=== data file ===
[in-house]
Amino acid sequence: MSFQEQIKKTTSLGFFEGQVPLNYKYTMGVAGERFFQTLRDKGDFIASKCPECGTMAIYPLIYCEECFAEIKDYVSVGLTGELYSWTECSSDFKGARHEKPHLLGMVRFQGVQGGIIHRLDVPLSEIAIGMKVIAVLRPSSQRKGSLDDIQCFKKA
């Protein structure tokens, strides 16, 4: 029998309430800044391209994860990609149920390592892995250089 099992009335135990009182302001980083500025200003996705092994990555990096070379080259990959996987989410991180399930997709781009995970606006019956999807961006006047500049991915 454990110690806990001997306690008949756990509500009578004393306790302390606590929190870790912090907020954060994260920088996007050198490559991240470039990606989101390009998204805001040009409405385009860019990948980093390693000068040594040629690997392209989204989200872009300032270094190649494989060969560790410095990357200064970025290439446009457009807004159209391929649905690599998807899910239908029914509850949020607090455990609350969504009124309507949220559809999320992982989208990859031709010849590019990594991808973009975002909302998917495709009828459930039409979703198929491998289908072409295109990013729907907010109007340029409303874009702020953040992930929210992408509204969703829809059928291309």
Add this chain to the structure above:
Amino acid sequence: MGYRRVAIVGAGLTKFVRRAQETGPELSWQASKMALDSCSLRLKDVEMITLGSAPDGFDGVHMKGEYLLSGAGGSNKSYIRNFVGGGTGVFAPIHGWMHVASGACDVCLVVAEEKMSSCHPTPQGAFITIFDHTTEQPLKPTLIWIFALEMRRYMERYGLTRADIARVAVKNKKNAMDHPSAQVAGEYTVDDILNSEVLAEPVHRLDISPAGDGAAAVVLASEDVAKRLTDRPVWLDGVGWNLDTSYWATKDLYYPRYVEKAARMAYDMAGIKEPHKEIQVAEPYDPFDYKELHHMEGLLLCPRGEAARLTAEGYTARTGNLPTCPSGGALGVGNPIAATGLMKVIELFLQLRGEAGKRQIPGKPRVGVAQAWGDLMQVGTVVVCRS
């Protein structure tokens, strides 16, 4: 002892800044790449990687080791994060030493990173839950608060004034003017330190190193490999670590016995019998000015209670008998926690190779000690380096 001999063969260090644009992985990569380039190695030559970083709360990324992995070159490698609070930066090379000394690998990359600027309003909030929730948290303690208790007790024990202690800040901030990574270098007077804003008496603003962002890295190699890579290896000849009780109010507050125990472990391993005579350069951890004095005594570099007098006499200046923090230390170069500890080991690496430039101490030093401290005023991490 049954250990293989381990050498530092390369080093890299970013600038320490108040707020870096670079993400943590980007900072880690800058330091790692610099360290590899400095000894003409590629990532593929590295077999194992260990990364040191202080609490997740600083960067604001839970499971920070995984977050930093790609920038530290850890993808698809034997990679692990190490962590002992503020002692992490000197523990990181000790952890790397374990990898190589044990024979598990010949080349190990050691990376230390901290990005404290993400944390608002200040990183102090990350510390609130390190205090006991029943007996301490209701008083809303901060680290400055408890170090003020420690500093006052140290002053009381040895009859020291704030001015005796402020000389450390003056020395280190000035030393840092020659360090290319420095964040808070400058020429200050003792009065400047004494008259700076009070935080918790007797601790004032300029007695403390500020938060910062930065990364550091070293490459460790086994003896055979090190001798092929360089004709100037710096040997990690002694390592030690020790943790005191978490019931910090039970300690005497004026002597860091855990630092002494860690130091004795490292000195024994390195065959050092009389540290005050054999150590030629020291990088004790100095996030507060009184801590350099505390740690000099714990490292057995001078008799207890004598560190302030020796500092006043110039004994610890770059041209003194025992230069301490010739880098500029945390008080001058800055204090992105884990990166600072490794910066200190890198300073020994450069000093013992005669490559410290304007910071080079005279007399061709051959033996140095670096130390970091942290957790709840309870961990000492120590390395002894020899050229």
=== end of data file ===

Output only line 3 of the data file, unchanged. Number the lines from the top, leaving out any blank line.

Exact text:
């Protein structure tokens, strides 16, 4: 029998309430800044391209994860990609149920390592892995250089 099992009335135990009182302001980083500025200003996705092994990555990096070379080259990959996987989410991180399930997709781009995970606006019956999807961006006047500049991915 454990110690806990001997306690008949756990509500009578004393306790302390606590929190870790912090907020954060994260920088996007050198490559991240470039990606989101390009998204805001040009409405385009860019990948980093390693000068040594040629690997392209989204989200872009300032270094190649494989060969560790410095990357200064970025290439446009457009807004159209391929649905690599998807899910239908029914509850949020607090455990609350969504009124309507949220559809999320992982989208990859031709010849590019990594991808973009975002909302998917495709009828459930039409979703198929491998289908072409295109990013729907907010109007340029409303874009702020953040992930929210992408509204969703829809059928291309």